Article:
One day, as I sat in the verandah preparing for my exams, I noticed about four or five adult squirrels sort of ‘spying’ on some thing. It instantly drew my attention and I closed the then boring pages of the Civics textbook. I gathered to look myself what was the ‘spying’ about. Soon, I observed that three or four of them first spread around in directions from which Ma or the gardener usually approaches for the plants on the verandah. Then they perhaps squeaked in some code of their own at which the last squirrel, seemingly younger and quicker, sprang into action without clicking a bit. That was definitely to deceive us that the group was playing far in the garden (the squeaking squirrels on guard) and there was none even near the verandah ! 🙂 While others kept guard, I saw this younger one quietly locate those plant-supports and loot one after the other ! It performed with such intelligence, dexterity and speed that I never blinked for a second, let alone calling Ma to witness this amazing scene !!

For example, if it was a simple twig, the squirrel would just pluck and hold it in its mouth. If it was a woollen or nylon thread, it would mostly use its forelegs to untie it without forming any knot and then neatly roll the loosened thread into a ball. Then tucking all these loot in its mouth, it would rush towards a particular bush. The queer activities were repetitive until a certain satisfaction was signalled en masse. Then they would all immediately disperse along with the accumulated loot in a joint effort.

That bush, I noticed, was situated right beneath the shade of a big mango tree on which they (may be, just two among them) had a nest. Later, gazing at it with my naked eyes, I found a robust nest based on the beautiful loot and also those ‘missing’ colourful rags hanging from it. 🙂

When I narrated the incident to my parents, they never believed me until they had the chance to themselves witness it. It was wonderful to watch this loot, together. 🙂

Ma was so emotional and generous that instead of getting angry at it, she started keeping rags and threads near the bushes !! 🙂  She believed that would unburden the cute creatures and enable them to uninterruptedly guard their little ones lying undefended in the nest during which ‘squirrel Ma-Baba‘ (the adult squirrels) had to gather hardware supports.

And indeed thereafter, the ‘squirrel Ma-Baba‘ (the adult squirrels) utilized the readily available resources and resorted to Ma’s garden only if they needed any extras.

The attendants of the bungalow had to quit the mysterious gossip around their ‘purani bhatakti hui aatma‘ (old wandering spirit) theory :-)… but nevertheless, were amused at this fact unearthed by Chote-babu (me).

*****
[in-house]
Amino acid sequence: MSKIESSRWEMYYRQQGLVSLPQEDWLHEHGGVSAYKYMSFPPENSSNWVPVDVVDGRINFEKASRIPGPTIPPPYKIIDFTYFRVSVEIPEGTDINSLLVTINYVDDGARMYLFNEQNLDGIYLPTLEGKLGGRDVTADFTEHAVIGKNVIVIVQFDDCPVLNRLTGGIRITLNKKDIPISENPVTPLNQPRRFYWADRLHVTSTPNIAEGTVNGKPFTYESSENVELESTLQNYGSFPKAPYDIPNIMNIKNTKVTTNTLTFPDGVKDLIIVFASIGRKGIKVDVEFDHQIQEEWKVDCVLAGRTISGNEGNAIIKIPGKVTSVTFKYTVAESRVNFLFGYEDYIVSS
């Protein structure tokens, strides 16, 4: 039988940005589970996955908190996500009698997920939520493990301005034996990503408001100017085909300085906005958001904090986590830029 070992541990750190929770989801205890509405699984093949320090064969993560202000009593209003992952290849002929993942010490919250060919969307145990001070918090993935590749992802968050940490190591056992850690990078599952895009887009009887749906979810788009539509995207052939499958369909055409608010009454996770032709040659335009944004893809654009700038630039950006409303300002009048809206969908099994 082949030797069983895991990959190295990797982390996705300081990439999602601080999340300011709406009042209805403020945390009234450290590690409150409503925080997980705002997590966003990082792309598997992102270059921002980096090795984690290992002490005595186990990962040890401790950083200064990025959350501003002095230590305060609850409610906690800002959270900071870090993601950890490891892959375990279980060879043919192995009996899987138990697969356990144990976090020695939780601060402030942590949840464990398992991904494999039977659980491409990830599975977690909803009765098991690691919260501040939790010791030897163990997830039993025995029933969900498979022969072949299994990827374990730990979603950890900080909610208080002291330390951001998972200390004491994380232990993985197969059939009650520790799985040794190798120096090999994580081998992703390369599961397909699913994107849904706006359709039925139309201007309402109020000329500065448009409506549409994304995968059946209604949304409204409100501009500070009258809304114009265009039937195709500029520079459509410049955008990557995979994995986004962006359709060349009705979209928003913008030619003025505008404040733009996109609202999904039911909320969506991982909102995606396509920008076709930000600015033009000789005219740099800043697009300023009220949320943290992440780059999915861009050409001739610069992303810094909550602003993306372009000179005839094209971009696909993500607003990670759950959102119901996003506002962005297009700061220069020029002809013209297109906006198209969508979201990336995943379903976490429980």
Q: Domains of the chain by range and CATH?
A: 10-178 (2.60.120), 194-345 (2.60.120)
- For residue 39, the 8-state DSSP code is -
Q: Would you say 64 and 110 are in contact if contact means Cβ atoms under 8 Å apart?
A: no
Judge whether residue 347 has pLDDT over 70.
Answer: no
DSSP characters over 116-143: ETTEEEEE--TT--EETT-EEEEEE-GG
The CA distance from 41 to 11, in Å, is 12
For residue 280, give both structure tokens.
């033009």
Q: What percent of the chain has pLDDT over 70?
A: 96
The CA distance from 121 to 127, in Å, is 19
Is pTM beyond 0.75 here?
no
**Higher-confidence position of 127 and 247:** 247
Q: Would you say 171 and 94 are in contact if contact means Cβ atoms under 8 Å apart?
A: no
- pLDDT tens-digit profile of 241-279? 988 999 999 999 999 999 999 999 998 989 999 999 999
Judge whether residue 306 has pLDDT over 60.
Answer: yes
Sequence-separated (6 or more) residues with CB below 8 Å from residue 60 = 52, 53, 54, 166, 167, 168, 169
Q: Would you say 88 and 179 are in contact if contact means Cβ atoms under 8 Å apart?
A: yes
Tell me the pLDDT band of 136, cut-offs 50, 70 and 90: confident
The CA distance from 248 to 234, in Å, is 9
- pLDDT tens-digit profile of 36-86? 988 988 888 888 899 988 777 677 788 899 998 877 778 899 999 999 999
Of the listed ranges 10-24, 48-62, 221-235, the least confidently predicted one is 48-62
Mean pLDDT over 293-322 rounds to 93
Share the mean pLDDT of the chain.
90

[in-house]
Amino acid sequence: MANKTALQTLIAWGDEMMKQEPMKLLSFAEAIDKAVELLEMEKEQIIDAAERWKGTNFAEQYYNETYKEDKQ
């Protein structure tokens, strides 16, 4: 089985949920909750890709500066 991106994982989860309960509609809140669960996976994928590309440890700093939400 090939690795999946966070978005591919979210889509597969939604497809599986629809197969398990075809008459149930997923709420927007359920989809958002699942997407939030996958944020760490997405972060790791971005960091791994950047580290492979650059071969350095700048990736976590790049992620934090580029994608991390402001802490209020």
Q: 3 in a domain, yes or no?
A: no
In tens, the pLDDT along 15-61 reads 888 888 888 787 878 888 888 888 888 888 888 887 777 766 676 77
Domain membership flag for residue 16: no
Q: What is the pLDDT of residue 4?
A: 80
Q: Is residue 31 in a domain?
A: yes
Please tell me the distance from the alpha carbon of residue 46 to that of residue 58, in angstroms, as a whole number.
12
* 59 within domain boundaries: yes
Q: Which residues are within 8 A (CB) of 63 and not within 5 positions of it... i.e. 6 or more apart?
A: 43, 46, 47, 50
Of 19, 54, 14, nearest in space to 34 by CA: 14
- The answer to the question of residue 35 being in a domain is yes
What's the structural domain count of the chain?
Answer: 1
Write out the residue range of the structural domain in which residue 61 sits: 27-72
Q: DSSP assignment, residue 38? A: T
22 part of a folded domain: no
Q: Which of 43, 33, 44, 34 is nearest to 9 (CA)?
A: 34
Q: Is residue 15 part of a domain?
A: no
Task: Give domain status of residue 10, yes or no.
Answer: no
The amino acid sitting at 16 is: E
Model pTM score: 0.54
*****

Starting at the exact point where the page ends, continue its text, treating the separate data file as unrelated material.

Wish we had an advanced digital camera then……

 

An Indian Summer with the Bulbuls

A story from Purulia (West Bengal, India) made quite a few headlines last week. A tusker, also known to have killed three people last year, smashed a house into bits and started moving away. Just then it heard the cries of a helpless 10-month-old baby from under the debris. To the crowd’s amazement, it immediately turned back and gently removed every last bit of stone, brick and mortar from the infant’s body before heading back to the forest.

A similar incident was reported from Jalpaiguri (also in West Bengal, India) about six months ago where a herd of elephants carefully removed a little girl from the way before going on a rampage.

Very recently, it has been reported that elephants and dogs too recognize certain voices and languages. On a lighter note, now we know how justified is ‘HMV’ and its logo – His Master’s Voice !! 🙂

Incidents as these that sound straight from India’s Amar Chitra Katha series or Jataka Tales or western Fairy Tales, have been observed all over the world. In about two or three separate articles starting from this particular write-up, I would love to narrate a few remarkable ones from my childhood. These would also constitute my humble attempt in appreciating all Nature-lovers, observers and researchers. And I hope that readers will enjoy this curious side of life where Nature vividly communicates with man in symbolic languages.

Before I begin, I would like to mention that my parents have always ardently hailed Nature. My mother (here addressed as Ma), was not only keen at gardening but also guarded all life-forms in our garden just as she was protective of her own family. And therefore we believed that’s perhaps how she was more well-recognized, completely trusted and sort of much admired by the other occupants of our green ambience.